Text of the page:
Q. My grandpa died from lung cancer at age 58 and my brother at age 38. What tests can I have done for early detection, and what are my odds of having lung cancer?

A.

There’s been considerable research into the increased risk of lung cancer faced by people who have a family history of lung cancer. In a recent meta-analysis reported in the European Journal of Cancer it was found that a family history of lung cancer in a first degree relative (parent, sibling) was associated with a 51% increase in the risk of lung cancer (controlling for smoking and other risk factors). Further it was determined that if the first degree relative is a sibling the risk is increased by 82% and if a parent the risk is increased by 25 to 37%. The risk is higher for individuals who engage in smoking tobacco, even if they are light smokers.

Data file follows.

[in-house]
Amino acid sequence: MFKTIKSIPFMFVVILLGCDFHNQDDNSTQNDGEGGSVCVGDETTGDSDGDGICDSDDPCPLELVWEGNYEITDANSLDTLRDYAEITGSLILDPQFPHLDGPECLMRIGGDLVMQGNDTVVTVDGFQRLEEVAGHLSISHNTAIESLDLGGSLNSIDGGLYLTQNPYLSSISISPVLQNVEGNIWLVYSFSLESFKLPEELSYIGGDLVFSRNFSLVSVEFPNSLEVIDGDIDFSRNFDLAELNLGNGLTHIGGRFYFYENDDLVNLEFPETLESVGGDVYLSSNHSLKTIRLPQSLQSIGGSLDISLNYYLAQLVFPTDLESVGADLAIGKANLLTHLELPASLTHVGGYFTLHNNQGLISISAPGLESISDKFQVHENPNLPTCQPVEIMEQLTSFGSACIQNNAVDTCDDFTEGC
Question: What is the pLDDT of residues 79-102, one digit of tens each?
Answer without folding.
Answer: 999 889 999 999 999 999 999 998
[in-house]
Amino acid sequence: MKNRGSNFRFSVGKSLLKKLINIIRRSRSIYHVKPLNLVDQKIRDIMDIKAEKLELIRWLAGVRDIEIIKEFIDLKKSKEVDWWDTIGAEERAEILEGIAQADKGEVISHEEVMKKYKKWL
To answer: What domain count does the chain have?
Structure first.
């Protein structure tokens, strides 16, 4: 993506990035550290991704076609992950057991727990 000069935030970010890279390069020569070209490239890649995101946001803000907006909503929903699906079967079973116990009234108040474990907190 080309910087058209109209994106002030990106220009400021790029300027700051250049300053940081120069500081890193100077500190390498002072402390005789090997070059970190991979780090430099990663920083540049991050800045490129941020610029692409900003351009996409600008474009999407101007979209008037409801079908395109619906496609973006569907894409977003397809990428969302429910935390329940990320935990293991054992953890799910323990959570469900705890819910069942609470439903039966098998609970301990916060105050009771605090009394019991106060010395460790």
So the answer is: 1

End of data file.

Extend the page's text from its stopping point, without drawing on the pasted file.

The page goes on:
A review of information provided by the National Cancer Institute revealed that there is no current screening procedure available which tests for genetic variants believed to be associated with family lung cancer history.

The only currently approved screening for lung cancer is for people between the ages of 55 and 74 years who have a 30 year, 1 cigarette pack/day smoking history; which consists of getting annual low dose spiral CT scan with contrast. You might be able to have your doctor provide you with a referral for this procedure on the basis of your family history, but you might have to self-pay for it.

You may find the following information helpful :

Studies of interest to those with a familial history of lung cancer: